Holiday Gift Wish (or What Every Kid Wants!) by Bob Sprankle

Forgive me for pulling you in with that title. Hopefully it worked (after all 'tis the season), but I'm not entirely exploiting your last minute holiday dilemmas of finding the perfect gift for some child in your life. Seriously, I
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Forgive me for pulling you in with that title. Hopefully it worked (after all: 'tis the season), but I'm not entirely exploiting your last-minute holiday dilemmas of finding the perfect gift for some child in your life. Seriously, I think I may have found out "What Every Kid Wants!"

Recently, I wrote about the experience of my colleague, Charlene Kohn's, student blog (see: "Crazy Good"). I wrote about how excited the students were to get comments for their work from around the world and how engaging it is for students to publish to a real audience.

Since that post, I've been using Charlene's student blog with my 3rd and 4th grade students in order to teach one of the NETS standards in our curriculum: "Communication and Collaboration." Specifically, students are identifying "what makes a good comment" and how do we use telecommunications to collaborate and communicate with other audiences.

As I mentioned in the recent post, the site Comments4Kids Wiki is a great place to find teachers seeking comments for their students work, so there are plenty of opportunities for our students to perfect their comment writing skills. There's also the Comments4Kids Blog which gives you and your students plenty of help to get started on identifying "what makes a good comment." You can sign up there as a participant and even add the Comments4Kids badge to your own site:

On one of he participant's sites, Mr. Ferrel, I found the following graphic to help students know "what makes a good comment":

You may want to show your students this after they've generated their own ideas for "what makes a good comment."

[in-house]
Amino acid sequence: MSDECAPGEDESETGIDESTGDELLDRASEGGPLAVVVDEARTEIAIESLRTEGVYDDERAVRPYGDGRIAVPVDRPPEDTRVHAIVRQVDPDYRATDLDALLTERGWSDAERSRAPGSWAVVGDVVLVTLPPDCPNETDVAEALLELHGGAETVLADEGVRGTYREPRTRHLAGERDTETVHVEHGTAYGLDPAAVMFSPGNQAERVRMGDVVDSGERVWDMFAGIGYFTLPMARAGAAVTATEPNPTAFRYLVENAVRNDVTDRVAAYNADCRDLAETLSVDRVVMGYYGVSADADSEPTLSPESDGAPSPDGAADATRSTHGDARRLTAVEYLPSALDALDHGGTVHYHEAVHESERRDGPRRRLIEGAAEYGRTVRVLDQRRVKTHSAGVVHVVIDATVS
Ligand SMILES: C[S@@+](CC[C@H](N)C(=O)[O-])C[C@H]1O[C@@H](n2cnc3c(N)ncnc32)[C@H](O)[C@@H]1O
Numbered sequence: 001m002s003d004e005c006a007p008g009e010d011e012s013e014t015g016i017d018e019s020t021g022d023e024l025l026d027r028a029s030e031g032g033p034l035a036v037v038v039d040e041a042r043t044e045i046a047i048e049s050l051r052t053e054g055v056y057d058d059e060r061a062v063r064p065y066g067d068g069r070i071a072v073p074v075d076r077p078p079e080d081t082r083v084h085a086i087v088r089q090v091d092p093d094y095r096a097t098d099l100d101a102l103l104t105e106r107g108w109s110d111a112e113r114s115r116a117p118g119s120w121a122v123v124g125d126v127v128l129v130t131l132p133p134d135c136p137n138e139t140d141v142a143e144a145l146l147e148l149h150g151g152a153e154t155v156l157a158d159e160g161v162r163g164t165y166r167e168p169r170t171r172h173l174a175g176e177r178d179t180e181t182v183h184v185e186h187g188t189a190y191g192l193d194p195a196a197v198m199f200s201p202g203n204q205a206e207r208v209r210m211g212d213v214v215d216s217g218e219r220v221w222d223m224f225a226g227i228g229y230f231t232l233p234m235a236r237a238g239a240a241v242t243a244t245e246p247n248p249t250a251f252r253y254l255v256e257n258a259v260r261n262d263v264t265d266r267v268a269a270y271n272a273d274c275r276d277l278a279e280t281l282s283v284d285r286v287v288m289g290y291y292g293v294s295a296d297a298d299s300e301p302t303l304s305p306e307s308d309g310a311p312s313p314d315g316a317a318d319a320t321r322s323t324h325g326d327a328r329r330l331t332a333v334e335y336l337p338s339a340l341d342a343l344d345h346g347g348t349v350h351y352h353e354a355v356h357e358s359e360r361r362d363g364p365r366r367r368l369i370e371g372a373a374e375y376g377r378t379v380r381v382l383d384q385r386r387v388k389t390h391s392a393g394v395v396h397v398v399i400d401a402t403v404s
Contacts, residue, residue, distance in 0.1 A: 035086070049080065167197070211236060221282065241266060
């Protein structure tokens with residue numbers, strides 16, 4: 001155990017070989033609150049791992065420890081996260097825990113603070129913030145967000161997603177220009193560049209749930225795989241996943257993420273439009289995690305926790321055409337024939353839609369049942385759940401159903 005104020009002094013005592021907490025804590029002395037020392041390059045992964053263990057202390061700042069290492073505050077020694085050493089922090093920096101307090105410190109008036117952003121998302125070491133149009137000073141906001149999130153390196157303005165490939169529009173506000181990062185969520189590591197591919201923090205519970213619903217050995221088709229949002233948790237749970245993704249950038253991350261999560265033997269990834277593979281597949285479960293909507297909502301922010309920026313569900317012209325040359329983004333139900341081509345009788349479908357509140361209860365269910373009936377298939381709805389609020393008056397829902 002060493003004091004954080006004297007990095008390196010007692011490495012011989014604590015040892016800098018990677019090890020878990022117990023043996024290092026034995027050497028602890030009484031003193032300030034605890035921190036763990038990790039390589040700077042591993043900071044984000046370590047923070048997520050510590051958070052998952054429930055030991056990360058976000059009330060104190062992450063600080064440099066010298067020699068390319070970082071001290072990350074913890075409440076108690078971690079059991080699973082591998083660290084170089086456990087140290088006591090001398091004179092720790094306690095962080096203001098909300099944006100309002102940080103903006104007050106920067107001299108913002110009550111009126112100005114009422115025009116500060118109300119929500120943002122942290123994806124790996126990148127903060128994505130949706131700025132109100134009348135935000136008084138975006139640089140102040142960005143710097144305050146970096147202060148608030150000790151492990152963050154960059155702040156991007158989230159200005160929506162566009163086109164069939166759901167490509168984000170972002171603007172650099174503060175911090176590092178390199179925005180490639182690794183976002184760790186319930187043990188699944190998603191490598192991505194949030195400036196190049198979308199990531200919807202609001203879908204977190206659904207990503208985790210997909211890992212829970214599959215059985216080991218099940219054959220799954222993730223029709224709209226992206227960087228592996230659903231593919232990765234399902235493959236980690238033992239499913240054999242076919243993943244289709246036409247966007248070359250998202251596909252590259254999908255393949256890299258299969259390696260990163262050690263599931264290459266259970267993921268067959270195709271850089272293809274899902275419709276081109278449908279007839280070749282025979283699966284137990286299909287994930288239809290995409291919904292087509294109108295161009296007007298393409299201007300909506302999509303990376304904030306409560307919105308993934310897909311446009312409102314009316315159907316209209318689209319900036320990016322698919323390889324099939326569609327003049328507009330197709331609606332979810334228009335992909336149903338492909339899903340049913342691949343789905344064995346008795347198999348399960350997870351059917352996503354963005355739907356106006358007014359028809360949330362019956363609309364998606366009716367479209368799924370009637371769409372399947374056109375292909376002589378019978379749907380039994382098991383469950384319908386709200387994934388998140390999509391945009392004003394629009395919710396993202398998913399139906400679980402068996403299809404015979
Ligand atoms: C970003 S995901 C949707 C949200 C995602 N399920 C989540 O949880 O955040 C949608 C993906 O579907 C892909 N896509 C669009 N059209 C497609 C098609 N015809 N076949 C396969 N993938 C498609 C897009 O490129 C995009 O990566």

So... here's how I discovered "What Every Kid Wants!"

I was with a 3rd class and I told them how the students were getting comments and that the class had already received over 400 comments. It was at this point that one of my students blurted out, "I'm jealous!"

I immediately stopped everything and asked her to explain why she was jealous.

"Because my sister's in that class!" she replied.

"But what makes you feel jealous?" I persisted.

Without missing a beat, she said, "I want 400 comments!"

The other students jumped right in: they all wanted 400 comments as well.

Is it a surprise? Students are working with me to learn how to give great comments; they'd also like to be on the receiving end as well. They will get that opportunity with me later in the year, but they want it now with the work they're doing in their classrooms (remember: I only see them once every 6 days in the computer lab). At present, their homeroom teacher is not having them blog or publish their work.

Why do they want these comments? I will take the list that they came up with for "what makes a good comment" and put it in reverse. In other words, this is what they came up to give to other students; I will express it in a list of what I expect they would also like to receive by substituting the word "them" with "me."

So... What Every Kid Wants:

  • Make me feel good for more than a millisecond.
  • Tell me WHY it's good.
  • Tell me how you feel about my work.
  • Don't be mean.
  • Give me details about my work.
  • Tell me what you liked about my work.
  • Give me a compliment.
  • Put time into your comment to me.
  • Tell me good things about what I did.
  • Start a conversation with me.
  • Ask me questions.
  • Ask me about how I did the work.
  • Make a personal connection with my work.
  • Let me know what you've learned from my work.
  • Be nice to me.
  • Be friendly to me.
  • Be caring to me.
  • Be respectful to me.
  • Tell me how you appreciate my work.
  • Tell me that you'd like to know more from me about my work.
  • Be encouraging to me.
  • Be supportive to me.
  • Be positive!
  • Thank me.

Comments4Kids.400Comments4Kids. Comments-galore4kids.

The comments are the gifts... we as teachers need to supply the wrapping paper: publish their work.

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